SNC-Lavalin expects stronger profits ahead despite soft end to last year
MONTREAL — SNC-Lavalin is projecting higher profits from most of its operations and new contract wins this year despite a soft end to 2016.
The Montreal-based company anticipates that performances from all segments, aside from mining, will drive a 13 to 32 per cent improvement in adjusted earnings from its core engineering and construction operations.
Still, the $1.70 to $2 per share earnings guidance for the year missed analyst forecasts of $2.28 per share, according to Thomson Reuters.
SNC-Lavalin (TSX:SNC) said it expects to benefit from higher infrastructure spending in North America, global nuclear opportunities and higher oil and gas activities in the Middle East and the U.S. However, it forecasts earnings from mining and metallurgy will remain flat because of softer commodity prices.
Its investment in Highway 407, a toll highway near Toronto, is also expected to generate higher returns, the company said.
“We expect 2017 to be another good year for SNC-Lavalin,” CEO Neil Bruce said during a conference call.
He said the company is focused on infrastructure opportunities particularly in Canada and expects to at least double the number of winning bids, mainly outside Canada, by the end of the first quarter in its small mining segment.
“Our diversified business model, solid balance sheet and diversified revenue backlog give us confidence that we can meet our growth ambitions,” Bruce told analysts.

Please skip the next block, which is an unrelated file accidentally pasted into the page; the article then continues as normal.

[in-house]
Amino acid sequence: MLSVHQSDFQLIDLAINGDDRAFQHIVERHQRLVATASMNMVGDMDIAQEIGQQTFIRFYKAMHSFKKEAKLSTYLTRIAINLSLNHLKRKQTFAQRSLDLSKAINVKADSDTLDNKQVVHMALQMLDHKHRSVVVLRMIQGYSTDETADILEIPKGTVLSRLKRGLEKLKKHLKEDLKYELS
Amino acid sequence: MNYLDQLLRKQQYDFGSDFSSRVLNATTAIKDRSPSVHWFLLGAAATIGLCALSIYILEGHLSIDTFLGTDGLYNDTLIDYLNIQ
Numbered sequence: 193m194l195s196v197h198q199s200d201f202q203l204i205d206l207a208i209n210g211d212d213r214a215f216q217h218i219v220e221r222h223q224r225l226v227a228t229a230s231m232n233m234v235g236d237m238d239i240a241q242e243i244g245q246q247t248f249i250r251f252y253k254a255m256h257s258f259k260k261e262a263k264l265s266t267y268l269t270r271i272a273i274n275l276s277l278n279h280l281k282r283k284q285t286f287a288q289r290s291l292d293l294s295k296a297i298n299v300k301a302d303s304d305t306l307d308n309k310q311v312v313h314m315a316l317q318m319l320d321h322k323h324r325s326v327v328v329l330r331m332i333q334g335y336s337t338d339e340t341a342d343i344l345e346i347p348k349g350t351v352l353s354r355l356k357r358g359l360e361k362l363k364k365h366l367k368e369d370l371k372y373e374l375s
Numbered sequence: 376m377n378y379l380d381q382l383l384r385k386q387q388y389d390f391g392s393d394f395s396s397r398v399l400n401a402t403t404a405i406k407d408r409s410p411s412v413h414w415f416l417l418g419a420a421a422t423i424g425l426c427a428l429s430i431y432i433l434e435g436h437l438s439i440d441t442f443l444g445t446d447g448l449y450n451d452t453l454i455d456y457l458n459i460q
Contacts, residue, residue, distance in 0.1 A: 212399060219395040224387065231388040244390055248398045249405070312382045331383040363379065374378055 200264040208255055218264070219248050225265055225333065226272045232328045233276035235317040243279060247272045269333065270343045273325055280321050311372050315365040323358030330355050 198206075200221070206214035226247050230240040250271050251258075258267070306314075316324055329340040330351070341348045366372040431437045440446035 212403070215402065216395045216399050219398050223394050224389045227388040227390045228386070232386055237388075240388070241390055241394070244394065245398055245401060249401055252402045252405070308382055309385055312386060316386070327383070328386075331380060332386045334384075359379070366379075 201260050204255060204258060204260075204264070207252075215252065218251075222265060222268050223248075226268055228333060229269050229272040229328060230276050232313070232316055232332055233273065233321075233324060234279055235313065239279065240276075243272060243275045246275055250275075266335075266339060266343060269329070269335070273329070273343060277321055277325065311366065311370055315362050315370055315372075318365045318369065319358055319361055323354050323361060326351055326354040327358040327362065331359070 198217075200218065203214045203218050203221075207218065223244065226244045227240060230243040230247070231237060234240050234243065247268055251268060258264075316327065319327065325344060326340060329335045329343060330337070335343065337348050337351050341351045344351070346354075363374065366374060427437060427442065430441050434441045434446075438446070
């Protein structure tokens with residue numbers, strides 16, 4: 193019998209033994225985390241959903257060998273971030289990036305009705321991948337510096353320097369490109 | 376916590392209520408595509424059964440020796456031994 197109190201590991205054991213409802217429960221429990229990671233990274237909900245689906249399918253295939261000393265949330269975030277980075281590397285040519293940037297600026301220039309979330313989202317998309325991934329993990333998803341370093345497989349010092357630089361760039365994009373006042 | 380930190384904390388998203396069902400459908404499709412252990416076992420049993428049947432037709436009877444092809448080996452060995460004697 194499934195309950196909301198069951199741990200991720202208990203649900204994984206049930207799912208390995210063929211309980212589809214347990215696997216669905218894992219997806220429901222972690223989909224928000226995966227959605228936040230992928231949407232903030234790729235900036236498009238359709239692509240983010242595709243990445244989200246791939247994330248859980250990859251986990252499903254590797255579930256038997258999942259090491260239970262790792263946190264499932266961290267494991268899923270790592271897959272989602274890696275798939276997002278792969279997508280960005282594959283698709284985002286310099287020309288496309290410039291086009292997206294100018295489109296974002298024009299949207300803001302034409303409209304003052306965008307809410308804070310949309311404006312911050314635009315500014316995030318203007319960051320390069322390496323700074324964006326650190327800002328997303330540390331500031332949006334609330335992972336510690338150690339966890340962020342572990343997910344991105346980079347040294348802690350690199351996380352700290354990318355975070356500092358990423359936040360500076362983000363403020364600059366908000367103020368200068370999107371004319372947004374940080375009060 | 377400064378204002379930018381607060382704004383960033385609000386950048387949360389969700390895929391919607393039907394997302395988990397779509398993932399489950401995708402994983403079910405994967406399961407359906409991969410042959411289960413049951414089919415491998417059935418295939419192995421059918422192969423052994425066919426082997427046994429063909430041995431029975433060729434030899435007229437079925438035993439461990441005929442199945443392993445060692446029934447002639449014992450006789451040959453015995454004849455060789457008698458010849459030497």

The company also said it expects to move forward this year with efforts to unlock value from its North American concessions by transferring assets excluding Highway 407 to a fund and selling portion of it to private investors.
While reporting its fourth-quarter earnings, SNC-Lavalin also provided a brief update on the status of its corruption and fraud case, saying a preliminary inquiry scheduled to begin in September 2018 may be expedited to late 2017. SNC-Lavalin, its construction division and its international subsidiary have pleaded not guilty to one count each of fraud and corruption.
The RCMP alleges SNC-Lavalin paid nearly $47.7 million to public officials in Libya between 2001 and 2011 to influence government decisions. The Mounties also accuse the company of allegedly defrauding various Libyan organizations of about $129.8 million.
SNC-Lavalin said it has recovered $15.2 million as of year-end from former vice-president Riadh Ben Aissa, who pleaded guilty in 2014 in Switzerland to bribery, corruption and money laundering. Aissa was ordered to repay the company $17.2 million plus interest. He also faces fraud charges in Canada in relation to a large Montreal hospital contract.
In reporting its fourth-quarter earnings, the company said it made $1.6 million in net income, or one cent per share, down from $49.2 million or 33 cents per share in the previous year. It attributed the decline to a loss at its core engineering and construction business, partially offset by higher earnings from capital investments including Highway 407.
Revenue fell nearly 17 per cent to $2.21 billion.
SNC-Lavalin said its adjusted earnings during the quarter was 77 cents per share, including 49 cents from its core engineering and construction business, two cents above analyst forecasts.
It also announced that its quarterly dividend will rise by five per cent to 27.3 cents per share, payable March 30.
For the full year, its net income fell 37 per cent to $255.5 million as revenues declined 11 per cent to $8.5 billion. Adjusted profits grew to $387.1 million or $2.58 per share, with $1.51 per share coming from its core engineering and consulting operations.
On the Toronto Stock Exchange, SNC-Lavalin shares closed up 15 cents to $54.76 in Thursday trading.
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Ross Marowits, The Canadian Pres
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